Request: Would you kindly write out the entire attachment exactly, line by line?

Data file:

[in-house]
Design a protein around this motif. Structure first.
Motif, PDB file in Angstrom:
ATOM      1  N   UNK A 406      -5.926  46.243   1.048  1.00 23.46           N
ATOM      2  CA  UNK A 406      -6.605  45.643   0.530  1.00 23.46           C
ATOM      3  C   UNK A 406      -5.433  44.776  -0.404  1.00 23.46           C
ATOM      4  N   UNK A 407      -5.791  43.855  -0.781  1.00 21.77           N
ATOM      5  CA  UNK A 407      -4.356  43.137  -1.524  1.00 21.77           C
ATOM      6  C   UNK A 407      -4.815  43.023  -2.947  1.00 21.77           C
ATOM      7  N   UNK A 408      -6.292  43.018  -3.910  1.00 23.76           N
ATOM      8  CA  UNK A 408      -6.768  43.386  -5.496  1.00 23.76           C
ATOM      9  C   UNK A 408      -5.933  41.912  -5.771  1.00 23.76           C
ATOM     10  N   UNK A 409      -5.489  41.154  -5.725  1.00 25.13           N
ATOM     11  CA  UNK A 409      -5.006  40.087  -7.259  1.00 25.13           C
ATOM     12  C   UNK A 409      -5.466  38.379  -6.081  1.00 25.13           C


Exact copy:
[in-house]
Design a protein around this motif. Structure first.
Motif, PDB file in Angstrom:
ATOM      1  N   UNK A 406      -5.926  46.243   1.048  1.00 23.46           N
ATOM      2  CA  UNK A 406      -6.605  45.643   0.530  1.00 23.46           C
ATOM      3  C   UNK A 406      -5.433  44.776  -0.404  1.00 23.46           C
ATOM      4  N   UNK A 407      -5.791  43.855  -0.781  1.00 21.77           N
ATOM      5  CA  UNK A 407      -4.356  43.137  -1.524  1.00 21.77           C
ATOM      6  C   UNK A 407      -4.815  43.023  -2.947  1.00 21.77           C
ATOM      7  N   UNK A 408      -6.292  43.018  -3.910  1.00 23.76           N
ATOM      8  CA  UNK A 408      -6.768  43.386  -5.496  1.00 23.76           C
ATOM      9  C   UNK A 408      -5.933  41.912  -5.771  1.00 23.76           C
ATOM     10  N   UNK A 409      -5.489  41.154  -5.725  1.00 25.13           N
ATOM     11  CA  UNK A 409      -5.006  40.087  -7.259  1.00 25.13           C
ATOM     12  C   UNK A 409      -5.466  38.379  -6.081  1.00 25.13           C